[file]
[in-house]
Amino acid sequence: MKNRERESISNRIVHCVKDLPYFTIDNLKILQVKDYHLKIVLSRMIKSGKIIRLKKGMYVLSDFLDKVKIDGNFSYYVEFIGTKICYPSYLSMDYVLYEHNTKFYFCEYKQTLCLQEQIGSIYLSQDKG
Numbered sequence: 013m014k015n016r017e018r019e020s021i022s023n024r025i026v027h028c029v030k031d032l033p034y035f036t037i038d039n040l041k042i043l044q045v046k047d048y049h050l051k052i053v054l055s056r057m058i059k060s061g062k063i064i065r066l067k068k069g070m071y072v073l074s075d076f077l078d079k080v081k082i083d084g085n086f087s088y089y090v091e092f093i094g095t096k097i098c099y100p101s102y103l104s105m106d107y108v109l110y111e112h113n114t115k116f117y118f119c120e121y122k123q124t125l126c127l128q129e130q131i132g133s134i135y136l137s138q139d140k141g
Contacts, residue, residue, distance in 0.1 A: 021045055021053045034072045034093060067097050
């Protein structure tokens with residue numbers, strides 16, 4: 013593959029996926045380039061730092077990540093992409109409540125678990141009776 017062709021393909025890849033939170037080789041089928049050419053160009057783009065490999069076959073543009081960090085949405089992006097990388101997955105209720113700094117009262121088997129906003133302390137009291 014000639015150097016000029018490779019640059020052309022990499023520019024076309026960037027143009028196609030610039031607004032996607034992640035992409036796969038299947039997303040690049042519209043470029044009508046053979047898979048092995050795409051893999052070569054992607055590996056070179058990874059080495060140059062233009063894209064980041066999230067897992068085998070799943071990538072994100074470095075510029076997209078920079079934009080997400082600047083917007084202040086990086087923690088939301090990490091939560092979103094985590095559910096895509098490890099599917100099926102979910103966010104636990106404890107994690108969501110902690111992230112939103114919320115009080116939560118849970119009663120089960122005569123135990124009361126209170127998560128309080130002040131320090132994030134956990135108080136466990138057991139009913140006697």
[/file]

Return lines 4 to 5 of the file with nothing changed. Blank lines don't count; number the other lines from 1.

Contacts, residue, residue, distance in 0.1 A: 021045055021053045034072045034093060067097050
């Protein structure tokens with residue numbers, strides 16, 4: 013593959029996926045380039061730092077990540093992409109409540125678990141009776 017062709021393909025890849033939170037080789041089928049050419053160009057783009065490999069076959073543009081960090085949405089992006097990388101997955105209720113700094117009262121088997129906003133302390137009291 014000639015150097016000029018490779019640059020052309022990499023520019024076309026960037027143009028196609030610039031607004032996607034992640035992409036796969038299947039997303040690049042519209043470029044009508046053979047898979048092995050795409051893999052070569054992607055590996056070179058990874059080495060140059062233009063894209064980041066999230067897992068085998070799943071990538072994100074470095075510029076997209078920079079934009080997400082600047083917007084202040086990086087923690088939301090990490091939560092979103094985590095559910096895509098490890099599917100099926102979910103966010104636990106404890107994690108969501110902690111992230112939103114919320115009080116939560118849970119009663120089960122005569123135990124009361126209170127998560128309080130002040131320090132994030134956990135108080136466990138057991139009913140006697």